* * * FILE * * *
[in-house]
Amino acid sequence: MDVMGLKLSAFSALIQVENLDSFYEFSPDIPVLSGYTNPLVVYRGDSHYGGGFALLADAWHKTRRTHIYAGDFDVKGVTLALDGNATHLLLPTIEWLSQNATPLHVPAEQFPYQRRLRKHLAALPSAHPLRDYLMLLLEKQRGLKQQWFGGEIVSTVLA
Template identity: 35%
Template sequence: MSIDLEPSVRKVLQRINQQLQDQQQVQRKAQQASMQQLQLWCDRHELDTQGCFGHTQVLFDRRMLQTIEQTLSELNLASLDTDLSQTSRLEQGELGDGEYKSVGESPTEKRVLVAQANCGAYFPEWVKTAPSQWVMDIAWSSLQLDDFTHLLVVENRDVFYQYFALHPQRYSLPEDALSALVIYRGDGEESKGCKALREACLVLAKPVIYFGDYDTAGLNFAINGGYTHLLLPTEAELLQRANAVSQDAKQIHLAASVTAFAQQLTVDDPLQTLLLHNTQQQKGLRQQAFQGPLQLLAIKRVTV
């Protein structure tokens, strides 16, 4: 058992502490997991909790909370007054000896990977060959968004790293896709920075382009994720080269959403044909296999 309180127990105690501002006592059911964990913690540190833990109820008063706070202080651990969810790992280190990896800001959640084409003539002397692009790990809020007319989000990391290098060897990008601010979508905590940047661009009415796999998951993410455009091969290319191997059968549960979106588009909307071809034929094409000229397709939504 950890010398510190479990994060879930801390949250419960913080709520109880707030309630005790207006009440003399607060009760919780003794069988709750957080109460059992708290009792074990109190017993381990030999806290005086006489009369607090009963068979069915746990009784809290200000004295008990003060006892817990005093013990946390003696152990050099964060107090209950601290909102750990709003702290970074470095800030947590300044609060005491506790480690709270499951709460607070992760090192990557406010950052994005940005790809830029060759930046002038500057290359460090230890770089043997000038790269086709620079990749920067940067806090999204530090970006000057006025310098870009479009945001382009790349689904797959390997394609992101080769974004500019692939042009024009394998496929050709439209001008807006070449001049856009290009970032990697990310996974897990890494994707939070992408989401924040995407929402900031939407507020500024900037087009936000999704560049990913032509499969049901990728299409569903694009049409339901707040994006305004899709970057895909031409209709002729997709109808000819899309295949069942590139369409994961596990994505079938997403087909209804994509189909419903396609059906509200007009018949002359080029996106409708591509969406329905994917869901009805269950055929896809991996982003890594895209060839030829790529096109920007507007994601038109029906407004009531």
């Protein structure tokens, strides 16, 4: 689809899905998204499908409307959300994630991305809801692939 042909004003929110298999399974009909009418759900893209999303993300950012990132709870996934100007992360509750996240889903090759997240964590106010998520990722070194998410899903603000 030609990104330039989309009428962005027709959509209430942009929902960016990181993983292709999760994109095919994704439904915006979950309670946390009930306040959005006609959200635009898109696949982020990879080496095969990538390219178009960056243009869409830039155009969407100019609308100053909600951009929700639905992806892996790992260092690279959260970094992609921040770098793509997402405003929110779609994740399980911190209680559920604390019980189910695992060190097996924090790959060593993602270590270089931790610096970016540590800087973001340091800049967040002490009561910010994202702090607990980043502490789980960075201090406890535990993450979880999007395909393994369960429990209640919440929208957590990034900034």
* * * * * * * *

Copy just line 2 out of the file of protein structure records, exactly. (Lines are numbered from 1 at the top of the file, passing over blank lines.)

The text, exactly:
Amino acid sequence: MDVMGLKLSAFSALIQVENLDSFYEFSPDIPVLSGYTNPLVVYRGDSHYGGGFALLADAWHKTRRTHIYAGDFDVKGVTLALDGNATHLLLPTIEWLSQNATPLHVPAEQFPYQRRLRKHLAALPSAHPLRDYLMLLLEKQRGLKQQWFGGEIVSTVLA